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Ordinary Days - London Theatre Workshop

A ‘quietly affecting show’ (The New York Times) has been selected by Artistic Director Ray Rackham, to open the London Theatre Workshop in March 2014. When Deb loses her most precious possession–the notes to her graduate thesis–she unwittingly

Urinetown, St James Theatre, review

Despite its off-putting title, Urinetown makes for a sharp and funny musical, says Charles Spencer.

Ordinary Days, London Theatre Workshop

London Theatre Workshop: This, the first production at the handsome new London Theatre Workshop in Fulham, is a show replete with textures and richly evoked emotions. Read the full review

A holiday romance that's got lasting appeal: QUENTIN LETTS reviews Do I Hear A Waltz?

Long before the film Shirley Valentine told of a lonely woman falling in love on holiday, composer Richard Rodgers collaborated with the young Stephen Sondheim (doing the lyrics) to produce Do I Hear A Waltz?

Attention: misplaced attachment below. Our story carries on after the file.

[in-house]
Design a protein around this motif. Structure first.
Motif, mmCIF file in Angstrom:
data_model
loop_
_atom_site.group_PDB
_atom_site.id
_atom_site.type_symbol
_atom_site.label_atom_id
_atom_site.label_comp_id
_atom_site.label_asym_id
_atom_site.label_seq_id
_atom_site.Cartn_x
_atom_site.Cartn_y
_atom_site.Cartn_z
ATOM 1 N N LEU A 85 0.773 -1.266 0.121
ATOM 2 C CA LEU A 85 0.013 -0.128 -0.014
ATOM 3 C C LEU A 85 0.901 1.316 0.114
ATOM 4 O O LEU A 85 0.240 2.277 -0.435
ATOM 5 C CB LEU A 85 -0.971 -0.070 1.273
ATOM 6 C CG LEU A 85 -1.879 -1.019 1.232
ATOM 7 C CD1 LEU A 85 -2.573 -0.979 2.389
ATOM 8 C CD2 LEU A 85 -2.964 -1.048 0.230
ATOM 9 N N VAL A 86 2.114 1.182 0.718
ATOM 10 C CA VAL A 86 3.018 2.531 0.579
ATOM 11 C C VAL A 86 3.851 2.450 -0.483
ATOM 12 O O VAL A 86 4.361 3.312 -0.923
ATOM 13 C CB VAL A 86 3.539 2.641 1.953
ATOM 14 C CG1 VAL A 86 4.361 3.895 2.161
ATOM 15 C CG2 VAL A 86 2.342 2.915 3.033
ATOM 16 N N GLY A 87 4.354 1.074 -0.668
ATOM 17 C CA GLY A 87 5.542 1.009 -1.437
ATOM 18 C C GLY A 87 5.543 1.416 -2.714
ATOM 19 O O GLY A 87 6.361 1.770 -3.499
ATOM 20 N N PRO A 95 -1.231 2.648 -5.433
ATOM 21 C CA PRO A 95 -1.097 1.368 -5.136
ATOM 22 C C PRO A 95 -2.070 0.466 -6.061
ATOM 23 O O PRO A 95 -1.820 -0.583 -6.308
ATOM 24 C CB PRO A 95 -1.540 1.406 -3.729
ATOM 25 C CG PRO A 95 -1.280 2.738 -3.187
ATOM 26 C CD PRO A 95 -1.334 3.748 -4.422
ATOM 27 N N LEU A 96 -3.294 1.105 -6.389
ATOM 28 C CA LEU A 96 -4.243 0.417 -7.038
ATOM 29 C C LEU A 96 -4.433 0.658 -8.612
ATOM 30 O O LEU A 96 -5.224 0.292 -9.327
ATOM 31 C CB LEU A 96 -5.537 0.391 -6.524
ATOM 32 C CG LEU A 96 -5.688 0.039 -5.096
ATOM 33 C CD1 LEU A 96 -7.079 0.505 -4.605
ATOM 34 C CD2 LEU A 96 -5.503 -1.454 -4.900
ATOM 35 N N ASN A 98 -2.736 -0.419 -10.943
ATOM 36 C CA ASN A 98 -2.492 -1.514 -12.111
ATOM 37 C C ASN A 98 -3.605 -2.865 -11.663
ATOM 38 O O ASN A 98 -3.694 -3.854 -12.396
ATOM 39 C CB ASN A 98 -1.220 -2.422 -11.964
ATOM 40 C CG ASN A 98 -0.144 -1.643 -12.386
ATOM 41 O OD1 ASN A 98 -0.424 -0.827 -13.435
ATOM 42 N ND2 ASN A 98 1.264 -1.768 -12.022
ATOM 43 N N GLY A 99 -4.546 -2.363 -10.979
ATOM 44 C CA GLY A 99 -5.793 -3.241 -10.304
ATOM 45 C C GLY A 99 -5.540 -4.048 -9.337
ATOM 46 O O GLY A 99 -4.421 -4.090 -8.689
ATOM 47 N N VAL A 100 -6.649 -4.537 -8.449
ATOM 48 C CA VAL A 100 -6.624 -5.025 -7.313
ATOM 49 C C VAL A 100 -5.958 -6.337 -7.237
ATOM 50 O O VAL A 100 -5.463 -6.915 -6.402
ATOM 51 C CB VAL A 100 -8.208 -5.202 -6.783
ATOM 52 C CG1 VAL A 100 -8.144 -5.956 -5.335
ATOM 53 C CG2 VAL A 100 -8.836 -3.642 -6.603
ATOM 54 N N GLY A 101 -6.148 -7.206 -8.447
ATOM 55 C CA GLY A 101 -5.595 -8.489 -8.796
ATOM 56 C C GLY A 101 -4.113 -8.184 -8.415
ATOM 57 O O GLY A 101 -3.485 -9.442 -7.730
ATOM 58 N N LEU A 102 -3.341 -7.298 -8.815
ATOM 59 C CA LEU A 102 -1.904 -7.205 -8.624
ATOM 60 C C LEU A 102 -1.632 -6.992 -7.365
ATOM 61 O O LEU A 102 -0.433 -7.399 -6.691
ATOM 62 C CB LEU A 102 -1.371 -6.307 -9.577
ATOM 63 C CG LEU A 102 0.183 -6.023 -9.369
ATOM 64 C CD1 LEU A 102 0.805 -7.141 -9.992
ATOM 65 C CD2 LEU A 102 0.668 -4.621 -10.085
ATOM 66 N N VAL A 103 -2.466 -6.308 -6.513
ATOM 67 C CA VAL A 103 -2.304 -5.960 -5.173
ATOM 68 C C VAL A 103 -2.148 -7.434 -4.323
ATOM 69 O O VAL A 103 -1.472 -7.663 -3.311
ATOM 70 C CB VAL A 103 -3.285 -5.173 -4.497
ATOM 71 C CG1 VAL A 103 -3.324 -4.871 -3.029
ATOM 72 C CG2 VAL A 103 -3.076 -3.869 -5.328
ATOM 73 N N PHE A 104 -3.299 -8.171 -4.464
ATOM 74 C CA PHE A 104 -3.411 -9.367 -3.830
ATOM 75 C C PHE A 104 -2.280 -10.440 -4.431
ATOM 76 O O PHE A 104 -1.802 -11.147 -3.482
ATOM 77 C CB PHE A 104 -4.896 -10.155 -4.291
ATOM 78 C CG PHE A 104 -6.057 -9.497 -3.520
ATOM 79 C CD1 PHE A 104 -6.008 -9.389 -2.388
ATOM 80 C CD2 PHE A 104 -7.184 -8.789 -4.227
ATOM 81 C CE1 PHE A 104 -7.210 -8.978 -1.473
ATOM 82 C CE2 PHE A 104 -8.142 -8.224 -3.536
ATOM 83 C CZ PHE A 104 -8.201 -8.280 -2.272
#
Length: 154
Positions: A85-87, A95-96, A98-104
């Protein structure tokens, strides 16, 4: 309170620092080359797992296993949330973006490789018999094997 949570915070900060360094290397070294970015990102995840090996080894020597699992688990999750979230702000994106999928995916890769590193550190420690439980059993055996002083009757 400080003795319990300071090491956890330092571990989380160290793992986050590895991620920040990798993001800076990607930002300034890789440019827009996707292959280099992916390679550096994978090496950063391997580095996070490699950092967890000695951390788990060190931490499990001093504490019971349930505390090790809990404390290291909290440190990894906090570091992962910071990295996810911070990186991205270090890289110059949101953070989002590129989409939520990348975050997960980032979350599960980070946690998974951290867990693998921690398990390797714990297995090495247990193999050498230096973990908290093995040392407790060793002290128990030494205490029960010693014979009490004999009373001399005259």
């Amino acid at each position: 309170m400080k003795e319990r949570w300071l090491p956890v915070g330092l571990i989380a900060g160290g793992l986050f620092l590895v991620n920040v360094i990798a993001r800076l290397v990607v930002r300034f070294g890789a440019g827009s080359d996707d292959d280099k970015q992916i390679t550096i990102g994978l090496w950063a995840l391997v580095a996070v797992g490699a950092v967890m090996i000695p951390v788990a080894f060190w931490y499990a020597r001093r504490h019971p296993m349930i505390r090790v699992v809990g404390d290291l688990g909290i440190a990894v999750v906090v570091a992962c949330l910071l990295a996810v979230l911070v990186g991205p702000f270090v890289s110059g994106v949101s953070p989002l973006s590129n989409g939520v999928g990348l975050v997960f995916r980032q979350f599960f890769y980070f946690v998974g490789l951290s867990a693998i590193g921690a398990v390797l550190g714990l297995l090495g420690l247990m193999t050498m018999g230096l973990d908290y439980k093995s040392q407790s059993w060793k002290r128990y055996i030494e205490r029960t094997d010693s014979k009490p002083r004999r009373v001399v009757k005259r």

Good People - Hampstead Theatre

In South Boston you’re starting on the wrong side of the tracks, so just making ends meet will require all the energy you can muster. And when sharp-tongued single-mother Margie loses yet another job she’ll do anything it takes to pay the bills. Heari

Lee Hall: Spielberg, Scargill and me

I'm watching Billy Elliot the Musical in a state of shock. Forget the movie – this is incendiary drama, militant to its core.

Hairspray review - 'as light and bouncy as a bubble of gum'

It's Baltimore, 1962. Penny Pingleton's mother (Sorelle Marsh – all angles and spite) "absolutely positively, permanently punish[es]" her daughter (Zizi Strallen – brilliantly transforming from gawky to gyrating) for being jailed after joining an atte

Do I Hear a Waltz?, Park Theatre, London

"Things are impossibly lyrical", we hear in the title song to Do I Hear a Waltz?, a deeply bittersweet 1965 Broadway musical about a Venice-based holiday romance that turns sour.

Do I Hear a Waltz?, Park Theatre, review

Do I Hear a Waltz? sounds like a dream ticket. It has a score by Richard Rodgers, a book by Arthur Laurents and lyrics by Stephen Sondheim. What could possibly go wrong?

Is I Can’t Sing doomed? X Factor spoof suffers second delay to opening night

It hasn’t even opened yet – but The X Factor spoof musical I Can’t Sing already appears to have run into trouble after its West End debut was delayed for the second time.